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Stakeholders push for revival of pyrethrum as an alternative to harmful chemicals

The push by Uasin Gishu Woman Representative Gladys Shollei to ban the harmful chemicals also seeks to ensure that Kenyans embrace pyrethrum farming as an alternative to these harmful chemicals.

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A display of some of the eco-friendly pyrethrum products being manufactured at Kapi Limited in Nakuru.There has been calls for the ban on harmful chemicals in the country so that Kenyans can embrace alternative eco-friendly pyrethrum products. PHOTO/Pristone Mambili.
Harmful chemicals in the agriculture sector that have always made their way to our kitchens, dining tables and finally into our bodies leading to numerous diseases such as cancer may soon be a thing of the past if push to ban harmful chemicals sails through.
The push by Uasin Gishu Woman Representative Gladys Shollei to ban the harmful chemicals also seeks to ensure that Kenyans embrace pyrethrum farming as an alternative to these harmful chemicals.
This, she says will go a long way in addressing diseases causing havoc to Kenyans by ensuring promotion of natural organic pesticides such as pyrethrum.
According to the vocal legislator, the government should choose whether to save Kenyans or save the companies of the who is who in the country that are producing harmful chemicals used in farming.
“Time is now that the government should act and save Kenyans through a ban on harmful chemicals” she said.
Shollei argues that her petition on the same sailed through in the National Assembly but the Chemicals Regulatory Body has failed to implement the same.
She was, however, quick to note that despite the many threats and intimidation she has received, she will not tire in pushing for the ban on harmful chemicals which have continued to get sales in the local market.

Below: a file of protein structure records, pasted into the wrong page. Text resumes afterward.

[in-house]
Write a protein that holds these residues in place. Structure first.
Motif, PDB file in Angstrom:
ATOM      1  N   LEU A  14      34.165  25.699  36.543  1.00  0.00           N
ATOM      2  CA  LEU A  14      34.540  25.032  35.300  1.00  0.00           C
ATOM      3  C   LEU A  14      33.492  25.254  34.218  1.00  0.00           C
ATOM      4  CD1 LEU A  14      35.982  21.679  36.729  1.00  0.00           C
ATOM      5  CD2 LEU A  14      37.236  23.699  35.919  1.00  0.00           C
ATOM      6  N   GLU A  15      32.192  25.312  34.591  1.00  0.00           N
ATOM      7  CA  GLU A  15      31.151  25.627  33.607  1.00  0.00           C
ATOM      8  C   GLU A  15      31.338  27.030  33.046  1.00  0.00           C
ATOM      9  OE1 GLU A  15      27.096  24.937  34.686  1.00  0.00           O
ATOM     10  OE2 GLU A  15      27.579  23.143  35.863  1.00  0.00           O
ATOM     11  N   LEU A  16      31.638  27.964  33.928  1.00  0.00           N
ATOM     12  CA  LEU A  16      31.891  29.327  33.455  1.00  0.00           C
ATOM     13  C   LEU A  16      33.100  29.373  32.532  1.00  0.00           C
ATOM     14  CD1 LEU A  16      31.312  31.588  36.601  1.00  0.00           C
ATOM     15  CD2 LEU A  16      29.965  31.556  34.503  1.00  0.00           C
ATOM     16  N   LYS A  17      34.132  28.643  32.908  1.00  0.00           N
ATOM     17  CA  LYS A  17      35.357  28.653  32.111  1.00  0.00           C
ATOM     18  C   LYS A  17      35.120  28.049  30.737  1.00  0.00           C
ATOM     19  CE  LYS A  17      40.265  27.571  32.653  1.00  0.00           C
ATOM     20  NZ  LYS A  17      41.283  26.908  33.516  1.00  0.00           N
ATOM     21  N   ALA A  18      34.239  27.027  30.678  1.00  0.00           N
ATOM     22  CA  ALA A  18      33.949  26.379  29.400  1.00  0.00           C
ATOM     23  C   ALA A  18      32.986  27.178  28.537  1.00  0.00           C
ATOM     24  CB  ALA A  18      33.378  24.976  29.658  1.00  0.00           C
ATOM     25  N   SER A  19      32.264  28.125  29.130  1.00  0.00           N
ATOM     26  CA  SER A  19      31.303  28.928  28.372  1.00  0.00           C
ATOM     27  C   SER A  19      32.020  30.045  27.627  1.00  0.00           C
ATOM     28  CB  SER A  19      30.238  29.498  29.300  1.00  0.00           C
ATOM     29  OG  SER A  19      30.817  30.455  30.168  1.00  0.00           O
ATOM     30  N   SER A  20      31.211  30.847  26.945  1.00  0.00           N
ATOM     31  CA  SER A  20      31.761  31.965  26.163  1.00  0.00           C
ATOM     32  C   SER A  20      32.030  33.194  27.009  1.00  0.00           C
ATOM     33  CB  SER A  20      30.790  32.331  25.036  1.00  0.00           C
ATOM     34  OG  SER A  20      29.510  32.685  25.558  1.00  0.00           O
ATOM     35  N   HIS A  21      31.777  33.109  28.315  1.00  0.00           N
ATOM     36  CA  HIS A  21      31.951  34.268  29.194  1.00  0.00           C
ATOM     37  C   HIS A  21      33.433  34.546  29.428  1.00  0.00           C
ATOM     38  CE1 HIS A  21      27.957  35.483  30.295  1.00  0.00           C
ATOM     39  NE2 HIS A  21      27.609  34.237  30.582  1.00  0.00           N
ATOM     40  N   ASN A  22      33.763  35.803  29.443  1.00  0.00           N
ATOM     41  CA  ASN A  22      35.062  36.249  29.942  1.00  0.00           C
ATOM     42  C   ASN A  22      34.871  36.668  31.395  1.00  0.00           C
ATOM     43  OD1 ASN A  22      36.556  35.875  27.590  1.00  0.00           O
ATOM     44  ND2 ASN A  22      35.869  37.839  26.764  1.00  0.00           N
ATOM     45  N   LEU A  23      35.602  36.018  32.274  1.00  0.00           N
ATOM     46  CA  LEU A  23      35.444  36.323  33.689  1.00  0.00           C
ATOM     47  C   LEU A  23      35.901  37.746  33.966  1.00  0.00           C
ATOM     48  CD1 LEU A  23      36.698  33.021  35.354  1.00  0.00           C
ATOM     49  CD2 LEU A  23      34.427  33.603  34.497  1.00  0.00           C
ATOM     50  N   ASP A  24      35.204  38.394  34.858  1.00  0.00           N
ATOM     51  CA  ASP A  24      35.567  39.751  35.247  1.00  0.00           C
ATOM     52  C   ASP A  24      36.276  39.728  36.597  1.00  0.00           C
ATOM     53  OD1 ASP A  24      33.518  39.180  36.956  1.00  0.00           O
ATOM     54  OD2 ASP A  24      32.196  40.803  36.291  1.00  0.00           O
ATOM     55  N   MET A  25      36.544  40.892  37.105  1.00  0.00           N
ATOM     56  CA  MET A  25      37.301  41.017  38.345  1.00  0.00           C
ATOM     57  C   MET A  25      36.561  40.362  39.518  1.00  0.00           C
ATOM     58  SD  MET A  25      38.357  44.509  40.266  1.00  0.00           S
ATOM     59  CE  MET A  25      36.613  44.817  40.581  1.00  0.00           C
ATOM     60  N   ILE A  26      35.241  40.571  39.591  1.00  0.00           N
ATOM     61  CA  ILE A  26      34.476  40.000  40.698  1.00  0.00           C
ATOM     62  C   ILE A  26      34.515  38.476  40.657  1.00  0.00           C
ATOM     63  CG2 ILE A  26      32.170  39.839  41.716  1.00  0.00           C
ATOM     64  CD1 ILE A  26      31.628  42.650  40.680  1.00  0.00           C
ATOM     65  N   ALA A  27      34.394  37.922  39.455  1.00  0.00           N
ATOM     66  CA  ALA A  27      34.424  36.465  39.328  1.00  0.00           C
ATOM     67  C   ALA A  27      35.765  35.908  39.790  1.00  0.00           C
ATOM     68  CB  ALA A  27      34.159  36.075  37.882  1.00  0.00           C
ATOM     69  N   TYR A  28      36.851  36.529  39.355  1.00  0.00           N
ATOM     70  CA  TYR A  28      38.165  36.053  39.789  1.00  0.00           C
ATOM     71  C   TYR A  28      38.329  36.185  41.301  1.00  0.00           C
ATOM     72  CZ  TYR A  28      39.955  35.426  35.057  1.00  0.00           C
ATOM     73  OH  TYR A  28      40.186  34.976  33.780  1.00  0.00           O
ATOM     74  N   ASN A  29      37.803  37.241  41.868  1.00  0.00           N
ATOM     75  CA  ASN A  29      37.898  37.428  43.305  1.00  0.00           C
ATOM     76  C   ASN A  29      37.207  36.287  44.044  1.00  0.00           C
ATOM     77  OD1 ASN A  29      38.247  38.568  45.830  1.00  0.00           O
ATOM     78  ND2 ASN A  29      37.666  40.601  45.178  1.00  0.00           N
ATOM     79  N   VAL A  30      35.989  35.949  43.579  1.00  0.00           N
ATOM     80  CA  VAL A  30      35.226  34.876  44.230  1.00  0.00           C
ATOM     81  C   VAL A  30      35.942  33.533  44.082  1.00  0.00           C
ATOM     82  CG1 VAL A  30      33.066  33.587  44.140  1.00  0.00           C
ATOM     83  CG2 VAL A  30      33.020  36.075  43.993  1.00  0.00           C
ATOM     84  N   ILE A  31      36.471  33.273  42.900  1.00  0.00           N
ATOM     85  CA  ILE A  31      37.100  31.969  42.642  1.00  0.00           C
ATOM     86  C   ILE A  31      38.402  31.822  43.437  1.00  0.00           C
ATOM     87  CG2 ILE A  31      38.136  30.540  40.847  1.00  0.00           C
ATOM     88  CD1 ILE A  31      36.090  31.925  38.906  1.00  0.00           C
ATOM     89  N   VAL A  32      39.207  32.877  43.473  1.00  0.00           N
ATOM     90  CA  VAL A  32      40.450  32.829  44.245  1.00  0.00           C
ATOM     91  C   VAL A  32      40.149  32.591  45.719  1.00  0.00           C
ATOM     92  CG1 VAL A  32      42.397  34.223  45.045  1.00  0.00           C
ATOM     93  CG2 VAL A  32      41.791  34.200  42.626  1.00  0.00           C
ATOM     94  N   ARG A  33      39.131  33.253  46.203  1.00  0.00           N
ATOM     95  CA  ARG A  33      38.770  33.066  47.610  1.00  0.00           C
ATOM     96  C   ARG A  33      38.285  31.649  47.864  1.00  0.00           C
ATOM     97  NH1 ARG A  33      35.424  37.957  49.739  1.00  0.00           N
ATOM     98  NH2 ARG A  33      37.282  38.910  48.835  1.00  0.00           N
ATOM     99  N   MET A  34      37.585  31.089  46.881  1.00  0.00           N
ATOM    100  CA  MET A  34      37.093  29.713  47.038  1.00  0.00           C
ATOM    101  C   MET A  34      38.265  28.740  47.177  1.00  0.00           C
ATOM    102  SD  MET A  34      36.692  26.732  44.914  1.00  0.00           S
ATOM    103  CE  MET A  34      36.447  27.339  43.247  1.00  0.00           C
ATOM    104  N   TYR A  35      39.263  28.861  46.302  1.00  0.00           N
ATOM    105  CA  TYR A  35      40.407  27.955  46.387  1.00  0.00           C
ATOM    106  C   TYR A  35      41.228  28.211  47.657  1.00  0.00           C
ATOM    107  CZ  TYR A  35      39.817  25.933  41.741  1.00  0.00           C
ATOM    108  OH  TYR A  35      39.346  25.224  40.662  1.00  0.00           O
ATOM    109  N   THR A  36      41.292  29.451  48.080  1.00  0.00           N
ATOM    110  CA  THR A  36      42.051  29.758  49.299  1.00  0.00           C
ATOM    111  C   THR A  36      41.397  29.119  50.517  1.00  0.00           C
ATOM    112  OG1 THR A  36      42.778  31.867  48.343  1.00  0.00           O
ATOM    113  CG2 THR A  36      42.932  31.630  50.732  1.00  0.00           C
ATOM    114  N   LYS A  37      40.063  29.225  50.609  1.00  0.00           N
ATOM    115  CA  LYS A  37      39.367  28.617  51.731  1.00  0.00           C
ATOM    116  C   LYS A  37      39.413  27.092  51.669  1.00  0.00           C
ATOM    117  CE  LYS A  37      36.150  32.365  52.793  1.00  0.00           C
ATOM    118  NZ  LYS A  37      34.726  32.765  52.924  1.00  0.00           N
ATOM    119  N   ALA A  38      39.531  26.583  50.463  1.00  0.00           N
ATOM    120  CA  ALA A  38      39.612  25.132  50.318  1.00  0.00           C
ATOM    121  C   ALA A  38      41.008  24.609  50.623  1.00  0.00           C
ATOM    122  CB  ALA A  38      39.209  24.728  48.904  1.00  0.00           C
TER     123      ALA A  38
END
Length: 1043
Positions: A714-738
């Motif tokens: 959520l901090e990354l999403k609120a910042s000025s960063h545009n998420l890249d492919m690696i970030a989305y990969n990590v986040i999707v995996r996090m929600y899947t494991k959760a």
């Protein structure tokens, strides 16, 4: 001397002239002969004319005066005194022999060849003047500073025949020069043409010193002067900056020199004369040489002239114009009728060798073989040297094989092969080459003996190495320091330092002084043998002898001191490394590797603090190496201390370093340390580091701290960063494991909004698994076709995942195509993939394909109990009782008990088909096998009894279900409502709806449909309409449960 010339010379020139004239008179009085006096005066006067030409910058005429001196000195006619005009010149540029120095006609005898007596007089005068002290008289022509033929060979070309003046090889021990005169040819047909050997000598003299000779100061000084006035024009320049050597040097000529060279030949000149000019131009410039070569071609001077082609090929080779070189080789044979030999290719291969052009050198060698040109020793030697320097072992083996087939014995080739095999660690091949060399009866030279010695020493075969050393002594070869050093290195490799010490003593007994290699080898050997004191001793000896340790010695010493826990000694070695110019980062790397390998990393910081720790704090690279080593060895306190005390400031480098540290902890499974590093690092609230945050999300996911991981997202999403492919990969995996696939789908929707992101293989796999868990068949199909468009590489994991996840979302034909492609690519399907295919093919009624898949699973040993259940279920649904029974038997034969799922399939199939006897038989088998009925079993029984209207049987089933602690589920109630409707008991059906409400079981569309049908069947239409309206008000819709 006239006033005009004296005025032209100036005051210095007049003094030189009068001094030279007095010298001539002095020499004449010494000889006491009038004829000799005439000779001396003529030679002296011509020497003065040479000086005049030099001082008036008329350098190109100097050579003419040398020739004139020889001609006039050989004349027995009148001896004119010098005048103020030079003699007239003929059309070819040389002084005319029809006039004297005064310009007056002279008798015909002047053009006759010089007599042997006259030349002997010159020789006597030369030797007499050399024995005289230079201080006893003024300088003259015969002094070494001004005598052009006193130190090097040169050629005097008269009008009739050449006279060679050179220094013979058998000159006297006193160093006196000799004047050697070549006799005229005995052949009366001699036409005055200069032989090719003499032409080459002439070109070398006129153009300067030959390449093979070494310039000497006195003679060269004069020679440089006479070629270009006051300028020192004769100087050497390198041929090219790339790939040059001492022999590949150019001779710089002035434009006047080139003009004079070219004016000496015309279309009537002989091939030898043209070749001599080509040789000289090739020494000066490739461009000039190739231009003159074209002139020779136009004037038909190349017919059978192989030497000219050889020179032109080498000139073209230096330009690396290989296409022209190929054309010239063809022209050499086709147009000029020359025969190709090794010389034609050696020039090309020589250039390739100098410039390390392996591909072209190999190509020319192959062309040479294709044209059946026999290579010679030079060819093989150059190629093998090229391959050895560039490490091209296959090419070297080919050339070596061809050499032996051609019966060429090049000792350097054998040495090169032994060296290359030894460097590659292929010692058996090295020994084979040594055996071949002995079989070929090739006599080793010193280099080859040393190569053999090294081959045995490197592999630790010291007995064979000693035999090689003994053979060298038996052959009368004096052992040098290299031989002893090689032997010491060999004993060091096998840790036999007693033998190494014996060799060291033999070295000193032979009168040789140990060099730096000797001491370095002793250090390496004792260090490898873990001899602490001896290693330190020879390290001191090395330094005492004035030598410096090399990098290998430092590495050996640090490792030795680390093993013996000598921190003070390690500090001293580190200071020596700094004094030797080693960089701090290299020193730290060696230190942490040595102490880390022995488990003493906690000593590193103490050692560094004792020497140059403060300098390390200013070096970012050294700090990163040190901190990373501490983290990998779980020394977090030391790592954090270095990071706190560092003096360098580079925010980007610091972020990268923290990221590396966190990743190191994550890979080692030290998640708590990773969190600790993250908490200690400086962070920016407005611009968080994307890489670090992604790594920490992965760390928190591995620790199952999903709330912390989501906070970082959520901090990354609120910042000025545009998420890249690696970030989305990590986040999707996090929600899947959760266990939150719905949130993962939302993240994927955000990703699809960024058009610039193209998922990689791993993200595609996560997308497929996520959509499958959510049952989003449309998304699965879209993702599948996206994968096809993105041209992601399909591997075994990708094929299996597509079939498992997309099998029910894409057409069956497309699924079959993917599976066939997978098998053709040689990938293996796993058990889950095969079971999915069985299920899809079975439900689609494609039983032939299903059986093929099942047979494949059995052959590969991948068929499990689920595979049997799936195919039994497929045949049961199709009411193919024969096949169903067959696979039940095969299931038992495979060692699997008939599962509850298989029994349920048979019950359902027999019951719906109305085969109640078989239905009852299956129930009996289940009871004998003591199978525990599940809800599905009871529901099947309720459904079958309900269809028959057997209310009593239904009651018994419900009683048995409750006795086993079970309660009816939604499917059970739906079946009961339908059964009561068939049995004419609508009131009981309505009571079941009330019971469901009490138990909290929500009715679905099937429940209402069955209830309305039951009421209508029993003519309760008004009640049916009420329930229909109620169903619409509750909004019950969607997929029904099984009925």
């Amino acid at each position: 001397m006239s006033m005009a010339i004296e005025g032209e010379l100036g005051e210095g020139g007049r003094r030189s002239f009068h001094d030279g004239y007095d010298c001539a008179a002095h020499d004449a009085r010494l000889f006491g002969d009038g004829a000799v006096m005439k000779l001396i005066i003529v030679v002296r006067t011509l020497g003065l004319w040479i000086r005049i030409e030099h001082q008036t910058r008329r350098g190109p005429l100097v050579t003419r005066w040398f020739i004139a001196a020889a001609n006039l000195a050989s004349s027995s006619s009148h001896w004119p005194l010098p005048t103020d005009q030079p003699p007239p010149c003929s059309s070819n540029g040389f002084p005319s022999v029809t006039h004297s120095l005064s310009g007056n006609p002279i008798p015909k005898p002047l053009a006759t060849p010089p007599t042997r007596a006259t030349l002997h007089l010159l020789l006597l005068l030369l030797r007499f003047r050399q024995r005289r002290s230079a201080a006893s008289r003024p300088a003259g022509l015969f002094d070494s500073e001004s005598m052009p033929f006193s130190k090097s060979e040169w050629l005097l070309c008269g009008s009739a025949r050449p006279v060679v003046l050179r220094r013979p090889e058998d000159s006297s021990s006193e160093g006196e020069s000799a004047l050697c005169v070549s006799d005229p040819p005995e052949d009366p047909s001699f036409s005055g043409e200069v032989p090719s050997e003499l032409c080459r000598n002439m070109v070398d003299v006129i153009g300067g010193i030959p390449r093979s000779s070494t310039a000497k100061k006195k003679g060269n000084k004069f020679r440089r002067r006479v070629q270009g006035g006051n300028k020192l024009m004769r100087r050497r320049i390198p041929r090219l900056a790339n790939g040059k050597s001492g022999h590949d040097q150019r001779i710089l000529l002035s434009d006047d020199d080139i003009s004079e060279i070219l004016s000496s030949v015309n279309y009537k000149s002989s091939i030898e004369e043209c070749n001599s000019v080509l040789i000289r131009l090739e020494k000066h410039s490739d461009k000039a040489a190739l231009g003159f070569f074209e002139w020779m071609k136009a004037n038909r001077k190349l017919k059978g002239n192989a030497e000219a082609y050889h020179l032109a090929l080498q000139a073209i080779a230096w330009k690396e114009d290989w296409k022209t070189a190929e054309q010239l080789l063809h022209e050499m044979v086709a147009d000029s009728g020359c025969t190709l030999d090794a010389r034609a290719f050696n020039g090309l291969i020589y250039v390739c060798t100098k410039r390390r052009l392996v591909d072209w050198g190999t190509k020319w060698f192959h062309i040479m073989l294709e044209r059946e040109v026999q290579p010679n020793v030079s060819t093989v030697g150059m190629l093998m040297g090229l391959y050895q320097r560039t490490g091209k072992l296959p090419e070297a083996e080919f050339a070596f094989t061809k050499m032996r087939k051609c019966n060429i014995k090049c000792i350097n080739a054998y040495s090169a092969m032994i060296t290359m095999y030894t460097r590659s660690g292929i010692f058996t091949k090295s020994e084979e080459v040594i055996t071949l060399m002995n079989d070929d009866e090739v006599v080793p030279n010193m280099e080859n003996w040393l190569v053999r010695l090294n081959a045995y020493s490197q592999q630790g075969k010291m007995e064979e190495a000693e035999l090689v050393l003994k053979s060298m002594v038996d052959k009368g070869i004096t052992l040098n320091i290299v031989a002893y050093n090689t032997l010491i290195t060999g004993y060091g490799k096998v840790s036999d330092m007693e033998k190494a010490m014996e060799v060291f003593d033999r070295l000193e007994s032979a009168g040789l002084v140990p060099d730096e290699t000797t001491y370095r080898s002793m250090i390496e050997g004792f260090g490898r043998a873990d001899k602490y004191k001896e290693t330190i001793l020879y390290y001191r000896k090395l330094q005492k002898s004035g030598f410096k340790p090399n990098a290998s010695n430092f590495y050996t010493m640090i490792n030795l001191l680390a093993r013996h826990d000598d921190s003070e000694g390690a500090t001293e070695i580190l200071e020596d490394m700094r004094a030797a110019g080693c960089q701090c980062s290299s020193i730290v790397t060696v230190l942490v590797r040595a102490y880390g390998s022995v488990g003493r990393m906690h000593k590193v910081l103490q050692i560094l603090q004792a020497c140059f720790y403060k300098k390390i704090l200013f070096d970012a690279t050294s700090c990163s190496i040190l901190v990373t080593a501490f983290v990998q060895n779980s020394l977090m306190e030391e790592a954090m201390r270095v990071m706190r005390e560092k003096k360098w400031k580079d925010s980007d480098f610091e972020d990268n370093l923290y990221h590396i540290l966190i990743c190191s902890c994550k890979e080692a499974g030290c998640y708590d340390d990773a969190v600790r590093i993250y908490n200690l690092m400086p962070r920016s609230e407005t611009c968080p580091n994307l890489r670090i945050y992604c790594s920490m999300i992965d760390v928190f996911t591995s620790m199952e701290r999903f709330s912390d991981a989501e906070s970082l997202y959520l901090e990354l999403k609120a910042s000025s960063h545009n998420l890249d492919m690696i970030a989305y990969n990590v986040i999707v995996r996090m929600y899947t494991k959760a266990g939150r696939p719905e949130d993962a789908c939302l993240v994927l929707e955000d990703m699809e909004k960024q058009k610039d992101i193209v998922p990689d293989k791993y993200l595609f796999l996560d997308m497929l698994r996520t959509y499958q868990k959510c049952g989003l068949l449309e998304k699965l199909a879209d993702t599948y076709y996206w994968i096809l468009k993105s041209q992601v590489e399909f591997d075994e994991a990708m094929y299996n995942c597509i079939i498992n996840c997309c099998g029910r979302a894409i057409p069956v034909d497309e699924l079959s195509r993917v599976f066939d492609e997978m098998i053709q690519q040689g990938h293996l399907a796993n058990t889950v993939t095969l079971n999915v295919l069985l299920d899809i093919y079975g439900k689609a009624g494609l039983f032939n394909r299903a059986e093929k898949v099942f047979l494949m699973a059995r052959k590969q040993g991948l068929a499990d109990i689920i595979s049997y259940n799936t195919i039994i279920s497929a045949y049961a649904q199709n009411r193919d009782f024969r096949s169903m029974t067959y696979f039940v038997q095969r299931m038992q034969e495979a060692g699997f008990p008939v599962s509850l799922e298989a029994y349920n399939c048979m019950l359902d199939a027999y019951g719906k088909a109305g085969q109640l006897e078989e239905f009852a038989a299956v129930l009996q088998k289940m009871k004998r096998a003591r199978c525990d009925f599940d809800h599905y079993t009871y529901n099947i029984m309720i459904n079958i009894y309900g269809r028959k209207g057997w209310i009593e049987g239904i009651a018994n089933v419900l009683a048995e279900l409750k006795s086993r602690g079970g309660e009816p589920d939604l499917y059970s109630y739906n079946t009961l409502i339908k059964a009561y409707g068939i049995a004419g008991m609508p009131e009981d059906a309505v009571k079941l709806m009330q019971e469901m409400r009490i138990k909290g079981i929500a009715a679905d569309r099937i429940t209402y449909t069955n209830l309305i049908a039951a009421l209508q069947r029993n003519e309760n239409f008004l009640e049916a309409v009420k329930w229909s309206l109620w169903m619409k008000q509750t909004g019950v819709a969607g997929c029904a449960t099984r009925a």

It should be noted that pyrethrum was introduced into Kenya from Japan in the late 1920s. The conditions in the areas where it is grown are ideal and if flourished. It has been used to fight malaria and insects.
By the time of independence for at least 20 years afterwards it was Kenya’s third largest cash crop after tea and coffee.It was a really useful revenue stream for Kenyan farmers.
Farmers in the sector say the crop that is locally produced and not toxic should be promoted as it will ensure no more diseases brought about by harmful chemicals.
Led by Pyrethrum Growers Association Chairperson Justus Monda, the farmers also argue that the ban pon harmful chemicals in Kenya will lead to full revival of the crop hence creating employment for many Kenyans.
“There has been  less resource allocation towards revival of this crop.I think it’s high time the ban on harmful chemicals be implemented so that we can have full revival of pyrethrum as an alternative ” said Monda.
Nakuru County government under the leadership of Governor Lee Kinyanjui has been on the forefront in advocating for the revival of the crop saying it will add more economic value to the people of Nakuru and Country as a whole.
However, there is more that needs to be done ranging from the ban on harmful chemicals that are already in the local markets.
Nakur-based Kapi Company that has been formulating and manufacturing natural pyrethrum insecticides and other eco-friendly products since the 1960s is of a similar view.
Managing Director Kapi Limited Ian Shaw says there is a need for increased awareness within Kenya about pyrethrum as a biopesticide to replace harmful chemicals.
“I think we need to have this information to the public so that Kenyans themselves can drive the agenda towards embracing the eco-friendly products rather than rel;ying on harmful chemicals that have severe impact on their health” said Shaw.
Researchers have shown that pyrethrum in the correct formulation has zero residues after24 hours. It therefore leaves zero residues in food products, Pyrethrum has a very safe mammalian toxicity profile (safe for humans and farm animals such as cattle, sheep, goats).
Pyrethrum also degrades rapidly in sunlight (UV) and with heat and is therefore environmentally non damaging after degradation.
Pyrethrum is a broad spectrum contact insecticide and therefore is suitable for use on a very broad range of insects.
It should be noted that the Food and Agricultural Organization justified the use of chemicals  during locusts’ invasion because no natural product worked.